According to the Environmental Protection Agency, Americans spend approximately 90% of their time indoors. And I would be willing to bet that number is even higher with all the stay-at home orders in place today.
It’s tempting to think that the air inside your house or office is fresh and clean—after all, it probably doesn’t have any noticeable odor. But the truth is that the air inside office buildings, schools, apartment complexes, and your home can contain 5 times more pollution than outdoor air. This is due to furnishings, upholstery, synthetic building materials, and cleaning products in homes and offices emitting a variety of toxic compounds, like formaldehyde. Indoor air pollution can also be caused by pollen, bacteria, and molds, and car exhaust as outdoor air contaminants find their way inside.
The EPA tells us that the health effects from these indoor air pollutants may show up immediately or “after years after exposure. These effects, which include some respiratory diseases, heart disease and cancer, can be severely debilitating or fatal.” For this reason, they caution us to improve the indoor air quality in our homes today, even if symptoms are not noticeable.
To solve this problem, NASA conducted a Clean Air Study in association with the Associated Landscape Contractors of America and found certain plants to be surprisingly useful in absorbing harmful gasses and cleaning indoor air. Some well-placed greenery can increase the visual appeal of your home, help to create a more relaxing, restful ambiance in any room, and even help you to stay alert and reduce mental fatigue – but beyond the therapeutic benefits, bringing plants indoors is a sustainable way to improve indoor air quality quickly. We’ve rounded up 9 beautiful and easy-to-care-for houseplants that NASA found to be effective at clearing out toxins for cleaner breathing air.
1. Chrysanthemum – The colorful flowers of a mum can do a lot more than brighten a home office or living room; NASA found this plant to be an air-purifying champion, removing ammonia, benzene, formaldehyde, and xylene from indoor air . Popular and inexpensive at garden stores, they can be planted outside after they’re finished blooming.
2. Spider plant – Spider plants are among the easiest houseplants to grow, making them a great choice for beginners or forgetful owners. With lots of rich foliage and tiny white flowers, the spider plant battles benzene, formaldehyde, carbon monoxide and xylene, a solvent used in the leather, rubber and printing industries. This plant is also considered a safe houseplant if you have pets in the house.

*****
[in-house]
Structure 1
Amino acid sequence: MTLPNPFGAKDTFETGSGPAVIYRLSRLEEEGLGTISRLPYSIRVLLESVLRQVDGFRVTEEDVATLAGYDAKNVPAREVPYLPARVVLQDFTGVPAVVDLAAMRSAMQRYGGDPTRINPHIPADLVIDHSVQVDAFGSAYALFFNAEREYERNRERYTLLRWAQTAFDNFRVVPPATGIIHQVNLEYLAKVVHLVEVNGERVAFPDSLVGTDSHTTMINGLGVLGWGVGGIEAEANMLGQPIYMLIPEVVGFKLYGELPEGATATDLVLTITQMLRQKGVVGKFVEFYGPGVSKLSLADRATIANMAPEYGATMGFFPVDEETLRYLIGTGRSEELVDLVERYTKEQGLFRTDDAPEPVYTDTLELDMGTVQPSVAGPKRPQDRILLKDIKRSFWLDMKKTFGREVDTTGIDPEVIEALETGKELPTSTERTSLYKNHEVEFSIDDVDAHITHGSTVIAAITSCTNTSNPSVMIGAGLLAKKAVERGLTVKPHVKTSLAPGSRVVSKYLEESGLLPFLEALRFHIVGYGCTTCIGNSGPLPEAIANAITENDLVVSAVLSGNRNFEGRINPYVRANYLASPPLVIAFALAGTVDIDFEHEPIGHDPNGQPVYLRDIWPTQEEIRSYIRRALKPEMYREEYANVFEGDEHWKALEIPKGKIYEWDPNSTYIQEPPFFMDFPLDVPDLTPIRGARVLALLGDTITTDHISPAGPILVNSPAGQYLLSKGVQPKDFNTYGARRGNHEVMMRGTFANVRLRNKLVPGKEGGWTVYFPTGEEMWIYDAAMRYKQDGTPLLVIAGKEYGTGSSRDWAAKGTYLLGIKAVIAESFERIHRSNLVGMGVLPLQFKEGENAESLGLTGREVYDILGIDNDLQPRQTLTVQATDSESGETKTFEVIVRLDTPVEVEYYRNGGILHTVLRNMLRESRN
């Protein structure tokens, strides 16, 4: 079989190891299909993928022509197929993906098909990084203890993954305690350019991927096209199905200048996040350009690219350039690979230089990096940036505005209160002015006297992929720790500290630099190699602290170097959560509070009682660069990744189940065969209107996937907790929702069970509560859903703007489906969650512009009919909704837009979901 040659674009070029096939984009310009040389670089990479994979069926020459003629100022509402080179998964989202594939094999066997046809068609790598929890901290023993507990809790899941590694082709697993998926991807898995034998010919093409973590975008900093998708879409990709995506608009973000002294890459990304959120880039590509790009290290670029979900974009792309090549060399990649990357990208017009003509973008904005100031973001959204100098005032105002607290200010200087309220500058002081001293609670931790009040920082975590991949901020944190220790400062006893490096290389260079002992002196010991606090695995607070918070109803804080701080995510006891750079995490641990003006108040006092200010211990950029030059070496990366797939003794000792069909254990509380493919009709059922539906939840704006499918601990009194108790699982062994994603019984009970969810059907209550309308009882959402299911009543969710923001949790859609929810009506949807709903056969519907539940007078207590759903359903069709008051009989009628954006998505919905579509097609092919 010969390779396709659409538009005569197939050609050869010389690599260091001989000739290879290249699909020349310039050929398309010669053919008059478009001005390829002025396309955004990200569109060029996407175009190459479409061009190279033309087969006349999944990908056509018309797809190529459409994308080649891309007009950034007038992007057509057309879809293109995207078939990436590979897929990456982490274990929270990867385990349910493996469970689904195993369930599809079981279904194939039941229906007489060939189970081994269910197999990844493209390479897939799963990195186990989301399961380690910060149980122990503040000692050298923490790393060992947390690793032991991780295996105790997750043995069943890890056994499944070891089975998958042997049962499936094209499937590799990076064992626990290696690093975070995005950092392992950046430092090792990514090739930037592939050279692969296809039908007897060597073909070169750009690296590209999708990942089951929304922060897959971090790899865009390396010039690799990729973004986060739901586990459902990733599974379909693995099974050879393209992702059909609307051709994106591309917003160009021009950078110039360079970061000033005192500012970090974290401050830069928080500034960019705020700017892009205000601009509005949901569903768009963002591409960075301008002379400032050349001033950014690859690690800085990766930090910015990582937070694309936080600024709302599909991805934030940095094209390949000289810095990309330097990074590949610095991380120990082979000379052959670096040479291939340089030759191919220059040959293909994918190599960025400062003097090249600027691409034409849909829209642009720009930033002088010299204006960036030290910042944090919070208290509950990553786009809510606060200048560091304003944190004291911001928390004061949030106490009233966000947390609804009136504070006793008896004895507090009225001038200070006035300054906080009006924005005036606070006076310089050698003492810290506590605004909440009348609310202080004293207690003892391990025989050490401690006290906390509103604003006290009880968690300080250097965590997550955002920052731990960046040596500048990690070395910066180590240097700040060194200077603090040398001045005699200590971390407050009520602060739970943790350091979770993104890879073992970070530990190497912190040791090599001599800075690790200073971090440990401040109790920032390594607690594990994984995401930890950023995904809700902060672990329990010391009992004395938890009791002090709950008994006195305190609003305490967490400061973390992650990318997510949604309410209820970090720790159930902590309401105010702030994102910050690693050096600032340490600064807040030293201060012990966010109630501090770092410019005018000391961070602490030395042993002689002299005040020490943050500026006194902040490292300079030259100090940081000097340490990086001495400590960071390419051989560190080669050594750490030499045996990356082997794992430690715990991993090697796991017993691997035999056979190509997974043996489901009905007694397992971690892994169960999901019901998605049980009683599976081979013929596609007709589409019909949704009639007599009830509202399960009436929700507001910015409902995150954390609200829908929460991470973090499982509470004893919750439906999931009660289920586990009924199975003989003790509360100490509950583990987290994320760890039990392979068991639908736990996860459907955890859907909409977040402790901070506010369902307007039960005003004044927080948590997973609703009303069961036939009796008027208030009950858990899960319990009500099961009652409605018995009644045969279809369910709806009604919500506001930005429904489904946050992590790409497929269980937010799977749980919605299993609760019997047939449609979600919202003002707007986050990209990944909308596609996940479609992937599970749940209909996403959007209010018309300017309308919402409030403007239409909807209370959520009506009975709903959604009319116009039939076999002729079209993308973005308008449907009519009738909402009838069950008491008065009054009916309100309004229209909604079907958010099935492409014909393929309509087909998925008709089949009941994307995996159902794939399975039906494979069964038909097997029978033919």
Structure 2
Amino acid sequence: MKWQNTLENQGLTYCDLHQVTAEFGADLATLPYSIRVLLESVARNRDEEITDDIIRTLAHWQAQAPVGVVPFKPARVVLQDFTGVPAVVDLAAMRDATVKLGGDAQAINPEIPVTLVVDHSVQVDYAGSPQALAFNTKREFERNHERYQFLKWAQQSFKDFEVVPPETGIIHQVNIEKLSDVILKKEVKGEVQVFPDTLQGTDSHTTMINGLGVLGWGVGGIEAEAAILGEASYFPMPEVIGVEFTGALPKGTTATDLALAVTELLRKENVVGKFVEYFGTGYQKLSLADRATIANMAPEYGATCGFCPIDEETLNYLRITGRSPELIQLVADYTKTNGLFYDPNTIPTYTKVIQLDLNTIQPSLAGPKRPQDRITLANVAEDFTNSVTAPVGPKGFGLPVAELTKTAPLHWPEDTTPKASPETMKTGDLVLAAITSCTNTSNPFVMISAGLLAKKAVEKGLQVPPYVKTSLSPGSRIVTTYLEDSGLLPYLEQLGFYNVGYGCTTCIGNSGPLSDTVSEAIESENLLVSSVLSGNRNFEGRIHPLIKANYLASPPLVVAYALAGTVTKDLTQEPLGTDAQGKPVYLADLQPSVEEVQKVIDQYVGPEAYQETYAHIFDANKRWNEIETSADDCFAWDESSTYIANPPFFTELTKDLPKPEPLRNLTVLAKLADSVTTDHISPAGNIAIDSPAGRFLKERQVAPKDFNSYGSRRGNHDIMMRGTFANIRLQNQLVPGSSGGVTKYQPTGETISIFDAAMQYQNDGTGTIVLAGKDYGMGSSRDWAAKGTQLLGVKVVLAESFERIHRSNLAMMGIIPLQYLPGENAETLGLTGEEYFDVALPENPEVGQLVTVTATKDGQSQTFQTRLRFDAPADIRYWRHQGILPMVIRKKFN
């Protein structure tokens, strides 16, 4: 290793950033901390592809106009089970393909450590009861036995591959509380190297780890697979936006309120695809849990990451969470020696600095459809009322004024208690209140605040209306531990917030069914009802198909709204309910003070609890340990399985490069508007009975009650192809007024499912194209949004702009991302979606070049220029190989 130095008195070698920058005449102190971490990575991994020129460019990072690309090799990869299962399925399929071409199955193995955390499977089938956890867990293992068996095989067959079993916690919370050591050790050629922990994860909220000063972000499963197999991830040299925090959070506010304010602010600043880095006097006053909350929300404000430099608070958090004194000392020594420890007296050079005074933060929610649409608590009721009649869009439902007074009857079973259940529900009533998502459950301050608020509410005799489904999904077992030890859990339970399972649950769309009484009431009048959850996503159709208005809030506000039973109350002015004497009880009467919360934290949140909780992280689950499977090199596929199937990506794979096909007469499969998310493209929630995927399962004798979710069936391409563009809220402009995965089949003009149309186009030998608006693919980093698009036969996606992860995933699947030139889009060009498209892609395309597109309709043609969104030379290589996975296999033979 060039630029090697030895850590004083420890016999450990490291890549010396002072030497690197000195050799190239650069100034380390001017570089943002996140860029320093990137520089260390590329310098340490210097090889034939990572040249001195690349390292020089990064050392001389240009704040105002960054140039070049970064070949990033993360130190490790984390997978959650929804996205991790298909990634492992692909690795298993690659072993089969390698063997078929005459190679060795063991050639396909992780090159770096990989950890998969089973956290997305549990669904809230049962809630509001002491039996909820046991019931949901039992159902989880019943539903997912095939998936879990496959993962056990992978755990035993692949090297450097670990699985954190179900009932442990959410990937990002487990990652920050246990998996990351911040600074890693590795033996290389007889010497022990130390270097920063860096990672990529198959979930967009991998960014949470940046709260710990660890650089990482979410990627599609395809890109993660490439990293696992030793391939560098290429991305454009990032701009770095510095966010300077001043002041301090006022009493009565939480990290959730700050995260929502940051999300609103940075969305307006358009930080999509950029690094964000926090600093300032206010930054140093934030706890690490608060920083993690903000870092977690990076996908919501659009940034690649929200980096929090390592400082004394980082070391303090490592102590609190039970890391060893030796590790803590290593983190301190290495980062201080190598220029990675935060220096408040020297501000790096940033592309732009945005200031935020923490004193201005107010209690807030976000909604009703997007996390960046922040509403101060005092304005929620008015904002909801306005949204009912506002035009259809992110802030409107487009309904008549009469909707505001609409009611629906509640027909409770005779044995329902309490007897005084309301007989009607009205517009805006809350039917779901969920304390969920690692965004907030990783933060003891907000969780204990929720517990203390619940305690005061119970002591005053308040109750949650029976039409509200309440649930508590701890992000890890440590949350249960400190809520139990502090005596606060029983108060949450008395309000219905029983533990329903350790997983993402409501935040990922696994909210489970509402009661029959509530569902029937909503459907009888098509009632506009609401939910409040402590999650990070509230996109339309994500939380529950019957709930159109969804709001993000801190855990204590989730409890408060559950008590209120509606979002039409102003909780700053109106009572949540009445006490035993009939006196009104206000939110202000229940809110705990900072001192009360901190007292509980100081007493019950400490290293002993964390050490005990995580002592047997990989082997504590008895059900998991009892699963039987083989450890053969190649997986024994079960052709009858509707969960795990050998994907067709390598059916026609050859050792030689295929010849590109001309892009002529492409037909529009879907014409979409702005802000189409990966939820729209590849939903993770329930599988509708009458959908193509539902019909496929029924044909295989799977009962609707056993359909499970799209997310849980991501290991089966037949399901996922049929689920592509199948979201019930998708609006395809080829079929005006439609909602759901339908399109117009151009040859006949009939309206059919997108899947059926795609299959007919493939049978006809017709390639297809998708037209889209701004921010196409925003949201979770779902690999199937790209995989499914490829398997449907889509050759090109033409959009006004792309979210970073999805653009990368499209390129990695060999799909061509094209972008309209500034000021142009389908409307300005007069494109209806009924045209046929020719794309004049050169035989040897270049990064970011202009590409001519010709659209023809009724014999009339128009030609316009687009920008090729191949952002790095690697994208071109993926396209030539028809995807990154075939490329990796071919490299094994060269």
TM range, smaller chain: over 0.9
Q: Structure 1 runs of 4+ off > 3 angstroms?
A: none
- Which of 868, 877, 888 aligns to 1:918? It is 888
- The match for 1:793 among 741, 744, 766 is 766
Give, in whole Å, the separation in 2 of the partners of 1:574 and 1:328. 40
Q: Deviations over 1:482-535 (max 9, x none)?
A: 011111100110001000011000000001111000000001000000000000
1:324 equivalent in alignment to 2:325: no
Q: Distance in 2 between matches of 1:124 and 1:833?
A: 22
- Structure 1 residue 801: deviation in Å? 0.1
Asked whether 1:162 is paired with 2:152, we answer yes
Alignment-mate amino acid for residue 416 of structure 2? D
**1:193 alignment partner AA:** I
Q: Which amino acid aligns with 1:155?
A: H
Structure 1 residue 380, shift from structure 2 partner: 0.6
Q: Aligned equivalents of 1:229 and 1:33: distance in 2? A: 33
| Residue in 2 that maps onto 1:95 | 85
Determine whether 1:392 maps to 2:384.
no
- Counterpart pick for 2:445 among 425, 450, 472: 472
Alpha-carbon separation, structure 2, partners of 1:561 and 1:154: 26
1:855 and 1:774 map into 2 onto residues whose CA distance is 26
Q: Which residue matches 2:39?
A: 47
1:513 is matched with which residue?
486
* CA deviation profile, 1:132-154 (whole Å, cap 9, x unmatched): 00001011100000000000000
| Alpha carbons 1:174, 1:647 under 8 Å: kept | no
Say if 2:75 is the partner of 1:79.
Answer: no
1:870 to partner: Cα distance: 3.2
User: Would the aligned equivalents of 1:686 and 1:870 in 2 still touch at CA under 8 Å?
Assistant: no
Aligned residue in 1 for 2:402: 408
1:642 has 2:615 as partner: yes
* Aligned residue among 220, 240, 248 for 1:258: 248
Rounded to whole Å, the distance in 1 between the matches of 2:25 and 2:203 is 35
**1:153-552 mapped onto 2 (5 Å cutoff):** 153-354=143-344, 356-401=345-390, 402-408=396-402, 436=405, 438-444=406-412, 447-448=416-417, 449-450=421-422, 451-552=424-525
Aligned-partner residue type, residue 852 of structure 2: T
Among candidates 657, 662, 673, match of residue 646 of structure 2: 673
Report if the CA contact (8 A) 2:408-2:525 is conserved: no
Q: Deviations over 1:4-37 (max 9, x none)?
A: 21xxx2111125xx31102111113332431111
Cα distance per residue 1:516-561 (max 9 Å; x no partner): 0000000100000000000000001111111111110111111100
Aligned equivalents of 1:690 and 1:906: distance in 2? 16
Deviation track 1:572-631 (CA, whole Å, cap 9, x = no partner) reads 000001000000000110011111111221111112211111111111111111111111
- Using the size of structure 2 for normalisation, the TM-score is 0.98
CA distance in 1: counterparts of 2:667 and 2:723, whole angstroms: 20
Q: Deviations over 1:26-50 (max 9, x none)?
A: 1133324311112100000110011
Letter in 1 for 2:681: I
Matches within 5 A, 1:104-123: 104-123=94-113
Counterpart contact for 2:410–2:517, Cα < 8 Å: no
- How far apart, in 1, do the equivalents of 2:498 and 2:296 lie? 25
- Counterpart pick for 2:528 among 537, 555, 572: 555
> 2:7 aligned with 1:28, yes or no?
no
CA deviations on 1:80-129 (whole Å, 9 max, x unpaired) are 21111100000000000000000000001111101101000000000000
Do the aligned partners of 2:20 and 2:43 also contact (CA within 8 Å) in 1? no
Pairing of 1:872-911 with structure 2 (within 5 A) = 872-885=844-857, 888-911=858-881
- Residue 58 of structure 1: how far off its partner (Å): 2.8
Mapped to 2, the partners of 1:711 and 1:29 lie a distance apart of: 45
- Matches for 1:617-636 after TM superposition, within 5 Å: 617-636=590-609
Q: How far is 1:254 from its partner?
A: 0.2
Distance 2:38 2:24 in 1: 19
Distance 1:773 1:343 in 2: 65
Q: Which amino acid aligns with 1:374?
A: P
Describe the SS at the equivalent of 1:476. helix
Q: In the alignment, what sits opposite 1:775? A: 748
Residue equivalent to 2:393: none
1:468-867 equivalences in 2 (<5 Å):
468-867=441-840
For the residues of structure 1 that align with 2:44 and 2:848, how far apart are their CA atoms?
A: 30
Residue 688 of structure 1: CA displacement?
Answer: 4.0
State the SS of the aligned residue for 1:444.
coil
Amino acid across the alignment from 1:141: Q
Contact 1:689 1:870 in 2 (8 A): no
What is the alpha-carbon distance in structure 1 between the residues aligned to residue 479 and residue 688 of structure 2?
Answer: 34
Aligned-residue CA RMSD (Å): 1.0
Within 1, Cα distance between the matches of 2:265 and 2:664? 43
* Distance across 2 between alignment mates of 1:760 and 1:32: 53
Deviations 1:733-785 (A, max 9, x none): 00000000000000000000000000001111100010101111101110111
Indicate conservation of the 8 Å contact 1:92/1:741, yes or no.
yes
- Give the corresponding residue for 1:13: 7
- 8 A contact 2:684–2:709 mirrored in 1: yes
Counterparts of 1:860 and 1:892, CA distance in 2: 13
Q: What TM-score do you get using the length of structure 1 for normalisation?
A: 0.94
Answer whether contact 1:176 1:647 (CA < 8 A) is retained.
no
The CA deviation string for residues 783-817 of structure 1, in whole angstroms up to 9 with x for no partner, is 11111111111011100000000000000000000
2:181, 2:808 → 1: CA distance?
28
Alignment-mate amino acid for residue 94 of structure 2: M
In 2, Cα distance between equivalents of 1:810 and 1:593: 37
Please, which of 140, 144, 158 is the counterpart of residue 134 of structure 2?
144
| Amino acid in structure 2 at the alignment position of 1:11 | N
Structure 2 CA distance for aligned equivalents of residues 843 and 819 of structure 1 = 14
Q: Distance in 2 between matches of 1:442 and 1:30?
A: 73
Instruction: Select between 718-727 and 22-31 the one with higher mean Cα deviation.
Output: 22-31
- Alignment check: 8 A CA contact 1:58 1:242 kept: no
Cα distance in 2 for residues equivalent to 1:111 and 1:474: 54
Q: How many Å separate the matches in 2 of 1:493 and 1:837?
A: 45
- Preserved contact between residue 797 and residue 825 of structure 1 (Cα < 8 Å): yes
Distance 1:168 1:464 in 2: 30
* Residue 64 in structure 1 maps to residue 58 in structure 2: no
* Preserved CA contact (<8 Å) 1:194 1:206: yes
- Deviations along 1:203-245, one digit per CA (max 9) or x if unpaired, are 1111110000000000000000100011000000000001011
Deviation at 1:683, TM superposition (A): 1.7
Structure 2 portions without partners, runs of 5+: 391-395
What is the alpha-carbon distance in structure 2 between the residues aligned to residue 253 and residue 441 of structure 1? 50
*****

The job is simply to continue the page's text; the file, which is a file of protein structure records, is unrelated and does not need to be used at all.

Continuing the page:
3. Snake plant – Also known as mother-in-law’s tongue, this plant is one of the best for filtering out formaldehyde, which is common in cleaning products, toilet paper, tissues and personal care products. Put one in your bathroom — it’ll thrive with low light and steamy humid conditions while helping filter out air pollutants. You may also want to put a couple of these sharp-leafed plants in your bedroom as they absorb carbon dioxide and release oxygen at night (the opposite of the process most plants follow). Sharing your room with these plants could give you a slight oxygen boost while you sleep.
4. Aloe vera – This easy-to-grow, sun-loving succulent helps clear formaldehyde and benzene, which can be a byproduct of chemical-based cleaners, paints, glue and more. As a bonus warning signal, the leaves will display brown spots when the amount of harmful chemicals in the air becomes excessive.
5. Gerbera daisy – This bright, flowering plant is effective at removing benzene and trichloroethylene, which you may be bringing home with your dry cleaning. Add one to your laundry room or bedroom — presuming you can give it lots of light.
6. Ficus/weeping fig – A ficus in your living room can help filter out pollutants that typically accompany carpeting and furniture such as formaldehyde, benzene and trichloroethylene. It’s a hardy plant that ends up being between two and 10 feet tall.
7. Azalea – Bring this beautiful flowering shrub into your home to combat formaldehyde from sources such as plywood or foam insulation. Because azaleas do best in cool areas around 60 to 65 degrees, they’re a good option for improving indoor air in your basement if you can find a bright spot.
8. Bamboo palm – It tops the list of plants best for filtering out both benzene and trichloroethylene. This plant is also a good choice for placing around furniture that could be off-gassing formaldehyde.
9. Peace lily – Renowned for their easy care, shade and weekly watering are all the peace lily needs to survive and produce blooms. In addition to removing all three of most common VOCs — formaldehyde, benzene and trichloroethylene, it can also combat toluene and xylene.
Each plant has its own unique personality, preferring certain conditions over others, so be sure to consider your space and climate in relation to what the plant needs to thrive. Look for a tag that comes with the plant or online to find out how much sunlight and water it will need. Then breathe easy with your new stress-relieving, air-purifying, oxygen-giving greenery.